So, Keith, the world, and this country in particular, was a very different place at the time that you entered freemasonry. In those days, Grand Lodge, whenever asked questions by the media, always answered ‘No comment’ and there was still the perception amongst the public at large, that we were a ‘secret society’ and to some people, a sinister society as well. I used the word ‘media’ just now but that consisted of just the press in its traditional sense, together with a very early version of television and radio journalism. So the only people who understood freemasonry were those who were either related to members or were their close friends. Most new members were either relatives or close friends of existing members. Masonry in Reading was at that time based at the masonic centre in Greyfriars Road. This centre, here at Sindlesham, had yet to be purchased and it would be 1969 before the Kennet Lodge, along with the others, would relocate here. Masonic communication in those days was by post and telephone. We were still thirty years away from the internet and email, in their earliest implementations, becoming available, and five more years away from them coming into common use in the world and staring to appear in masonry. I am sure many of us can remember our Lodge Secretary sending out agendas and correspondence in envelopes addressed by hand. Agendas in those days were printed by small professional printing companies, an industry which now has virtually died out. Speaking of technology, Keith, you would have been a mason for between twenty and twenty-five years before the mobile telephone in its earliest version began to invade our lives.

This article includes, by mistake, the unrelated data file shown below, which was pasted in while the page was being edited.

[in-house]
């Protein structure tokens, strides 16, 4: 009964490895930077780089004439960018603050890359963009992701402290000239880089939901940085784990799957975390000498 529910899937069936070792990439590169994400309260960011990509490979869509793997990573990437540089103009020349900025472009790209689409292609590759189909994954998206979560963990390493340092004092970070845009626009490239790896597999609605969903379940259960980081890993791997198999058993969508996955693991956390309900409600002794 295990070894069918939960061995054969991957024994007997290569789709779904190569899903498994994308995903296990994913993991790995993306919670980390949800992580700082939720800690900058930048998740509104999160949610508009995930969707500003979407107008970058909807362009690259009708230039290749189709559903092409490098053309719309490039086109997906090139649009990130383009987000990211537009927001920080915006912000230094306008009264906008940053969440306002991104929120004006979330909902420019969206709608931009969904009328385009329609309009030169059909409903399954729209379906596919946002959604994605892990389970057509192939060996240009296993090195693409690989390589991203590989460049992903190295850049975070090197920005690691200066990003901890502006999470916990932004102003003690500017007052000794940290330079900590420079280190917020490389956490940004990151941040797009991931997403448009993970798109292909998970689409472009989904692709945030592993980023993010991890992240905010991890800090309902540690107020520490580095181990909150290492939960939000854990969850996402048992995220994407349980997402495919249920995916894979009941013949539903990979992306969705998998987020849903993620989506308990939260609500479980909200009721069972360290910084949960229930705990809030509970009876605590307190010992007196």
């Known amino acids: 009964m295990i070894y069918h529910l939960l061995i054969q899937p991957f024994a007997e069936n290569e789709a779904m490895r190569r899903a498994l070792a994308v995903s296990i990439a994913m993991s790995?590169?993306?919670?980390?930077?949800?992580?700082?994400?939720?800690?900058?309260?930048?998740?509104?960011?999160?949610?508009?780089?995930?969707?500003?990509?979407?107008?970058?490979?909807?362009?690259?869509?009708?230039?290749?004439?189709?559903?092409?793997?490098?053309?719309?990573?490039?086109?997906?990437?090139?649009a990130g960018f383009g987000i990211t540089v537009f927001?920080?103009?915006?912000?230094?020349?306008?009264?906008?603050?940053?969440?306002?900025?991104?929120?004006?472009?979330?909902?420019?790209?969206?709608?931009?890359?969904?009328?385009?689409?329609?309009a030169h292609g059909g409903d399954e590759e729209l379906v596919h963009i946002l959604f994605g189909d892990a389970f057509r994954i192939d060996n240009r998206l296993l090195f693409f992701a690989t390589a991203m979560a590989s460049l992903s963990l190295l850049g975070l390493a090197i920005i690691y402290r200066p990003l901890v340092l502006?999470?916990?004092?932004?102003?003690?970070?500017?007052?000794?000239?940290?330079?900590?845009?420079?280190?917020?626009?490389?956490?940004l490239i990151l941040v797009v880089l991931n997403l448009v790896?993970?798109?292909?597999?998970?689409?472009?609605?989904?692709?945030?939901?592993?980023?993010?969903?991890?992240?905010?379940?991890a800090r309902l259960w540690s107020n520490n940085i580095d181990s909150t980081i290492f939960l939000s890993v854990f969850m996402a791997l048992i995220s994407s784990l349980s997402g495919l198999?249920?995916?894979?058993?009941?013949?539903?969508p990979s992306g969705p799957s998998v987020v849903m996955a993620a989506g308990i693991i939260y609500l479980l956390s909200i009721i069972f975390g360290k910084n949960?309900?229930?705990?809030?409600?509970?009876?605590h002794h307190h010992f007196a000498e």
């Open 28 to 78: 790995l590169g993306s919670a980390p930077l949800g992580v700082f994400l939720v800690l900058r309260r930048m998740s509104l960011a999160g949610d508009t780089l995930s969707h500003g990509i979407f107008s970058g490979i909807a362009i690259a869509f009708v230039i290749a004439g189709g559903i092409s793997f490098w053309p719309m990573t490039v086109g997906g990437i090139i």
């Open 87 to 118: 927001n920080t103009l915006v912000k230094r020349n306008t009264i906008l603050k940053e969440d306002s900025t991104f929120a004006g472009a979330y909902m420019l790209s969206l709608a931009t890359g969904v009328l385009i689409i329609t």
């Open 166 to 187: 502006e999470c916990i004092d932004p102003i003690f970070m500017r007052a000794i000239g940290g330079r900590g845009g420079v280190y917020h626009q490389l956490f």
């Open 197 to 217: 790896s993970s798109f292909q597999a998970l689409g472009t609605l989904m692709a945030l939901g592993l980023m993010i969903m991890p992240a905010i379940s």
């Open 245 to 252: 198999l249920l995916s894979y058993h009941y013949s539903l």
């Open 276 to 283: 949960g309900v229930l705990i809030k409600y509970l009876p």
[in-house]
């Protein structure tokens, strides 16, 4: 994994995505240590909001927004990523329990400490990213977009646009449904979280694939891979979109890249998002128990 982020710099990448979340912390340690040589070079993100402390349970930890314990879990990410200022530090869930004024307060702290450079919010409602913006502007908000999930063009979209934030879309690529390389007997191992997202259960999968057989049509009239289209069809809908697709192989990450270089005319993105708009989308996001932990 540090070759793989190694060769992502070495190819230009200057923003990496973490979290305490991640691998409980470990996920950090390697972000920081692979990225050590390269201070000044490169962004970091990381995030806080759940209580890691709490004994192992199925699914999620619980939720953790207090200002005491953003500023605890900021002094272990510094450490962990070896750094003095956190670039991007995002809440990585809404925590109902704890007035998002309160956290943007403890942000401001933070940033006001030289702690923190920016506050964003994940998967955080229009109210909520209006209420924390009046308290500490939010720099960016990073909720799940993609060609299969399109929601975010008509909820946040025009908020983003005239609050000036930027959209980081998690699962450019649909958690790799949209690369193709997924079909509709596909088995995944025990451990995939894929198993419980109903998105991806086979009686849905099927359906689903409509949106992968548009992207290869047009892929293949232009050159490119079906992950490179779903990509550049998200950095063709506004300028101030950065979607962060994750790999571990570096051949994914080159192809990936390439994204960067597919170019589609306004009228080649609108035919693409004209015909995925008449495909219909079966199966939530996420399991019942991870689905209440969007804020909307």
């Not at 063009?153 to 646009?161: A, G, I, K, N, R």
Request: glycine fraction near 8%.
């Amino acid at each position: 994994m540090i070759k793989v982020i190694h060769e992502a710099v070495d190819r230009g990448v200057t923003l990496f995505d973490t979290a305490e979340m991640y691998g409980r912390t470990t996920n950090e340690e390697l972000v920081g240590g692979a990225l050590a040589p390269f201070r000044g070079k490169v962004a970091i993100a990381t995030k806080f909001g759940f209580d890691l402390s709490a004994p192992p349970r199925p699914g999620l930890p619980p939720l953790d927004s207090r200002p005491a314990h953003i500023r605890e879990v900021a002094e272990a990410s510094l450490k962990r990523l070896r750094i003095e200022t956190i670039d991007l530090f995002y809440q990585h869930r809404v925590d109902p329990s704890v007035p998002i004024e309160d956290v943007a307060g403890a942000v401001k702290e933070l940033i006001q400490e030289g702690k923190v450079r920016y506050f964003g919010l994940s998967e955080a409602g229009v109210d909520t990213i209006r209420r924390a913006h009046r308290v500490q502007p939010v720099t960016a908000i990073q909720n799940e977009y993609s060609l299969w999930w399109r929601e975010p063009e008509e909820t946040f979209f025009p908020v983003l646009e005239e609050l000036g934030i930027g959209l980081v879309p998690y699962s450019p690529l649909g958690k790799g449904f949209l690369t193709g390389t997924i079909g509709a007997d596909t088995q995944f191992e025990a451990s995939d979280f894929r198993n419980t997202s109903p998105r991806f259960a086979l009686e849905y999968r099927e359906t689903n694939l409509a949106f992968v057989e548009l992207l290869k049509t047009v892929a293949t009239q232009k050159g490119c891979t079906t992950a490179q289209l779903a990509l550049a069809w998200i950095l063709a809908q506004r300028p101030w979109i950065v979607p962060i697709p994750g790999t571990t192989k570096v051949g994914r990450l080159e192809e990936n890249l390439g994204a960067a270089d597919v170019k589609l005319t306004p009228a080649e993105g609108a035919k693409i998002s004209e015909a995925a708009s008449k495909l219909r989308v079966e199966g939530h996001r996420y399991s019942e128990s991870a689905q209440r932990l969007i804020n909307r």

So let’s get back to you, Keith Leonard Druce Chopping. You were initiated into Masonry on October 26th 1966. The ceremony was conducted by your father, W Bro Leonard William Chopping. He was actually the Master at the time of your initiation so perhaps the timing was no co-incidence! It is always special for both father and son when Dad initiates his son. You were passed on February 22nd 1967 and raised a year later on February 28th 1968. You progressed through the offices and you were installed into the Chair of this Lodge in September 1977. Like so many of us, you served again in the Chair in 1995. Records show that for a period, there were three generations of your family in the Lodge, with your father, yourself and your son, Phillip Keith Chopping, whom was initiated in 1992. Sadly, your Dad passed to Grand Lodge Above in 2002 and your son is no longer a member, but for a period of about 10 years, this Lodge was a family affair for you. Your brother, David, is a Past Master of the Sindlesham Lodge and it is a pleasure to see him here tonight to help you celebrate. You also had an uncle who was a Past Master in Lodge 8293 and a cousin in New Zealand who was also a mason. I note that you were Exalted into the Royal Arch in the Charles Nicholl Chapter No 7318 in 1997 and served in its three Chairs in 2004 to 2006. On looking up that Chapter I note that there are a significant number of members of this Lodge who are also members of that Chapter. It’s interesting that you were a Mason for 31 years before you took the step of being exalted into the Royal Arch but perhaps there is a story there.